December 18, 2022: North Korea launched two more medium range ballistic missiles from the east coast. North Korea later reported that the two missiles each carried a prototype of a new spy satellite. North Korea released two low-resolution satellite photos of the North Korea capital and Inchon, the port near the South Korean capital. North Korea claims its final version of its spy satellite will be ready for launch in April 2023. Today’s activity was the first North Korean missile launch for December. So far this year North Korea has fired more missiles into the sea (at least 42) than in any previous year. More than half of these (23) were fired on one day (November 2nd). This was meant to intimidate South Korea, Japan and the United States. All these missile launches certainly alarmed the intended victims but not sufficiently to justify the cost of all these missiles, which is estimated to be nearly a hundred million dollars. On further examination it was discovered that at least one of the North Korean missiles was a seven-ton Russian S200 anti-aircraft missile. This was revealed when South Korean recovery ships recovered debris from the North Korean missiles and found it was not, strictly speaking, a ballistic missile. South Korea regularly seeks to recover debris from North Korean missiles fired into international waters. Sometimes the identifiable debris is too deep or two scattered to be found. But in the case of the S200, identifiable components were recovered.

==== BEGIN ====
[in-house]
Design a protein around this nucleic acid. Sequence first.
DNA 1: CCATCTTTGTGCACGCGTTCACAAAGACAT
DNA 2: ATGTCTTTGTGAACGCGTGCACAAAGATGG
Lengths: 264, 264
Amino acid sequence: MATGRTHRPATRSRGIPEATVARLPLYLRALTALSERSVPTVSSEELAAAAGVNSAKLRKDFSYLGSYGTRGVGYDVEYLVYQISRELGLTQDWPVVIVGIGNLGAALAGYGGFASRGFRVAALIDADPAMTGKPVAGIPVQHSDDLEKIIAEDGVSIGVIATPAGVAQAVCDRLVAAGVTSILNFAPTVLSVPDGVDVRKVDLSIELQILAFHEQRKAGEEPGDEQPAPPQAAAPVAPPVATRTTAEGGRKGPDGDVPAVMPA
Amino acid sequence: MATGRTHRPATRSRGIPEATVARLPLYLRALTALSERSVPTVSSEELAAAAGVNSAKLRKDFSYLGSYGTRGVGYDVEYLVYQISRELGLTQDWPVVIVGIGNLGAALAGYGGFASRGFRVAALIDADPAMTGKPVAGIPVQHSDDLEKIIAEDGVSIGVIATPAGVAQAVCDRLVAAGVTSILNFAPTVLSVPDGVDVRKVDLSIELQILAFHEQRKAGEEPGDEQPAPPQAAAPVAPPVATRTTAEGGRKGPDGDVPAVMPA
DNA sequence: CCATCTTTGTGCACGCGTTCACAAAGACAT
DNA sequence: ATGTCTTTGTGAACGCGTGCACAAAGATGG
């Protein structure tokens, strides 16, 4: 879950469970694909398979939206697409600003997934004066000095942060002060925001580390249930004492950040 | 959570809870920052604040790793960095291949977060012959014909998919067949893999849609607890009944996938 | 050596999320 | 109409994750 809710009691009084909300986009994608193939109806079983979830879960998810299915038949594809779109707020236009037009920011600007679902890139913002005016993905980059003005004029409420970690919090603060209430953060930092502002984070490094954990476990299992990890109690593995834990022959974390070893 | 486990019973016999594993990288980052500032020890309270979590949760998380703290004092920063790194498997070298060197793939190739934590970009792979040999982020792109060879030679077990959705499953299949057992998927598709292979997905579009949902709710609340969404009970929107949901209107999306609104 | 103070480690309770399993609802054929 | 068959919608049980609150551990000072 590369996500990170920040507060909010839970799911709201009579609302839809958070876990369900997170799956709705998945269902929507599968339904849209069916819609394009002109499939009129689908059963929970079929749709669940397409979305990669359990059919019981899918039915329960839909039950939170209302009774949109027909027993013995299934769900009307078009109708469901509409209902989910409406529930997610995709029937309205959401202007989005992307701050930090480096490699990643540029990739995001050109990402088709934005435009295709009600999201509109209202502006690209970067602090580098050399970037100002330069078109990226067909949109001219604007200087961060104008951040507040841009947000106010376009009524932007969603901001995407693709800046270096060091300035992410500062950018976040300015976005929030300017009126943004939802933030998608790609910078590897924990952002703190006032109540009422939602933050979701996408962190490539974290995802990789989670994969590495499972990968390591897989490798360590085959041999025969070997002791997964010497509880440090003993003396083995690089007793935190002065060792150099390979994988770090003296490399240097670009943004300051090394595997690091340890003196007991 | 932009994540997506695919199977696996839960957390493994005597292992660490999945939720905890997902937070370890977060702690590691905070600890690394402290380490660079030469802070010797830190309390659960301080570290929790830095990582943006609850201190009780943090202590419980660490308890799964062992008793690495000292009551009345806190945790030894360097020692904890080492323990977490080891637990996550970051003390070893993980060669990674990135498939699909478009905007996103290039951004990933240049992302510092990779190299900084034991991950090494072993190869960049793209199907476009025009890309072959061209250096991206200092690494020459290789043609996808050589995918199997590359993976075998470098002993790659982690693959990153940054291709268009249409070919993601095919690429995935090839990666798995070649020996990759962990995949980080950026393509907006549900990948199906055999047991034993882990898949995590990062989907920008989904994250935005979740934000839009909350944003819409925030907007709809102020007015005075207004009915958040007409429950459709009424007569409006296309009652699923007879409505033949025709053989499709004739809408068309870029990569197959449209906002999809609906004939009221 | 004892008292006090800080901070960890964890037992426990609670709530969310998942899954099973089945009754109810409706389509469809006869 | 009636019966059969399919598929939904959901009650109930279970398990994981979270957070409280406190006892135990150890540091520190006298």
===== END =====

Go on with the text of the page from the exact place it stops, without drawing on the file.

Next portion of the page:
December 17, 2022: Japan announced that over the next five years it is gradually increasing its defense budget from one percent of GDP to two percent. That means the 2027 defense budget will be about $73 billion, the third largest after the United States and China. Russia currently spends more than that because they are at war in Ukraine. This Russian spending is temporary because much of it is borrowed money and unless the economic sanctions on Russia (because of the war) are lifted, sustaining that high defense spending is not possible. For Japan, most of the additional defense spending is being spent on missiles for retaliating against North Korea, Russia or China. This counter strike capability is a major change in Japanese defense strategy. South Korea sees this as a welcome but worrying change in Japanese defense policy. There is some concern that Japan might be too aggressive in reacting to a possible threat. Both Koreas are still angry at